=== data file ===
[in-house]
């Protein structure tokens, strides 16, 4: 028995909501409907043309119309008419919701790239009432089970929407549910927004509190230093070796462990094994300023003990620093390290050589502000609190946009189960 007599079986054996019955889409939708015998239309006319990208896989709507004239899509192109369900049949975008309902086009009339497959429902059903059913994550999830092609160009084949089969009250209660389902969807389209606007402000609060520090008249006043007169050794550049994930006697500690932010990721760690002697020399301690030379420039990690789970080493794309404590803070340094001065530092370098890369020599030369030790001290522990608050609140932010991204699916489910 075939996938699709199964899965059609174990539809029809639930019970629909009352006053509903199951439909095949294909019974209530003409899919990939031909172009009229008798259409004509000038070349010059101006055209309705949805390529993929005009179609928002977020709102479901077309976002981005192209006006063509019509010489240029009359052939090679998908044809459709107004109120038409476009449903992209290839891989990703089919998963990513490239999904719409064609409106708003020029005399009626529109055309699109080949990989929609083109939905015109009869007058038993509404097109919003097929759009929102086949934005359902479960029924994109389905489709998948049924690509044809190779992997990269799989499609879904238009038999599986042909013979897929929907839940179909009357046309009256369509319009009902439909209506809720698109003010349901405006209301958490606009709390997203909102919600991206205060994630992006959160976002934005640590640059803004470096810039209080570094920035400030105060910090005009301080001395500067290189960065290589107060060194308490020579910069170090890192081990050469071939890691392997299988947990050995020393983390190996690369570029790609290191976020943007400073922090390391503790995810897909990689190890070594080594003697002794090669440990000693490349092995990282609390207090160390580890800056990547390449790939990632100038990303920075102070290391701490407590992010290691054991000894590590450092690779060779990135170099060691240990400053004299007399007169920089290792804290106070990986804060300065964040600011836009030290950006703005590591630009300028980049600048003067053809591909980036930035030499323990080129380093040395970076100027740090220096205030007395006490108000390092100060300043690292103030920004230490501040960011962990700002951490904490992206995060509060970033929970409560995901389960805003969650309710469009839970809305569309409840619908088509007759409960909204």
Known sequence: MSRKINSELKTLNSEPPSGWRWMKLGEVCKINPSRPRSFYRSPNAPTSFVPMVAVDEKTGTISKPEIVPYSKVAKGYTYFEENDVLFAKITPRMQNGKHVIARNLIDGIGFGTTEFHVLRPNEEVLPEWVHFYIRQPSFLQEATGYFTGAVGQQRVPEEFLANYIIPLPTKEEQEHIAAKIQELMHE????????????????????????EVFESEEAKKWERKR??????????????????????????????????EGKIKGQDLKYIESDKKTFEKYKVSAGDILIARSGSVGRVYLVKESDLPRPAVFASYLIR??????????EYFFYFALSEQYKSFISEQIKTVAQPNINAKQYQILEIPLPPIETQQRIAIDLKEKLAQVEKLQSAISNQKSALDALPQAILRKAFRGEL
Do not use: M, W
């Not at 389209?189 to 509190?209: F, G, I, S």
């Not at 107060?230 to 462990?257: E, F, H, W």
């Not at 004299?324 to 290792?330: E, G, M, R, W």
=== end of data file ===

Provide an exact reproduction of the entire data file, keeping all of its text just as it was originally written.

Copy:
[in-house]
């Protein structure tokens, strides 16, 4: 028995909501409907043309119309008419919701790239009432089970929407549910927004509190230093070796462990094994300023003990620093390290050589502000609190946009189960 007599079986054996019955889409939708015998239309006319990208896989709507004239899509192109369900049949975008309902086009009339497959429902059903059913994550999830092609160009084949089969009250209660389902969807389209606007402000609060520090008249006043007169050794550049994930006697500690932010990721760690002697020399301690030379420039990690789970080493794309404590803070340094001065530092370098890369020599030369030790001290522990608050609140932010991204699916489910 075939996938699709199964899965059609174990539809029809639930019970629909009352006053509903199951439909095949294909019974209530003409899919990939031909172009009229008798259409004509000038070349010059101006055209309705949805390529993929005009179609928002977020709102479901077309976002981005192209006006063509019509010489240029009359052939090679998908044809459709107004109120038409476009449903992209290839891989990703089919998963990513490239999904719409064609409106708003020029005399009626529109055309699109080949990989929609083109939905015109009869007058038993509404097109919003097929759009929102086949934005359902479960029924994109389905489709998948049924690509044809190779992997990269799989499609879904238009038999599986042909013979897929929907839940179909009357046309009256369509319009009902439909209506809720698109003010349901405006209301958490606009709390997203909102919600991206205060994630992006959160976002934005640590640059803004470096810039209080570094920035400030105060910090005009301080001395500067290189960065290589107060060194308490020579910069170090890192081990050469071939890691392997299988947990050995020393983390190996690369570029790609290191976020943007400073922090390391503790995810897909990689190890070594080594003697002794090669440990000693490349092995990282609390207090160390580890800056990547390449790939990632100038990303920075102070290391701490407590992010290691054991000894590590450092690779060779990135170099060691240990400053004299007399007169920089290792804290106070990986804060300065964040600011836009030290950006703005590591630009300028980049600048003067053809591909980036930035030499323990080129380093040395970076100027740090220096205030007395006490108000390092100060300043690292103030920004230490501040960011962990700002951490904490992206995060509060970033929970409560995901389960805003969650309710469009839970809305569309409840619908088509007759409960909204």
Known sequence: MSRKINSELKTLNSEPPSGWRWMKLGEVCKINPSRPRSFYRSPNAPTSFVPMVAVDEKTGTISKPEIVPYSKVAKGYTYFEENDVLFAKITPRMQNGKHVIARNLIDGIGFGTTEFHVLRPNEEVLPEWVHFYIRQPSFLQEATGYFTGAVGQQRVPEEFLANYIIPLPTKEEQEHIAAKIQELMHE????????????????????????EVFESEEAKKWERKR??????????????????????????????????EGKIKGQDLKYIESDKKTFEKYKVSAGDILIARSGSVGRVYLVKESDLPRPAVFASYLIR??????????EYFFYFALSEQYKSFISEQIKTVAQPNINAKQYQILEIPLPPIETQQRIAIDLKEKLAQVEKLQSAISNQKSALDALPQAILRKAFRGEL
Do not use: M, W
């Not at 389209?189 to 509190?209: F, G, I, S």
């Not at 107060?230 to 462990?257: E, F, H, W």
């Not at 004299?324 to 290792?330: E, G, M, R, W």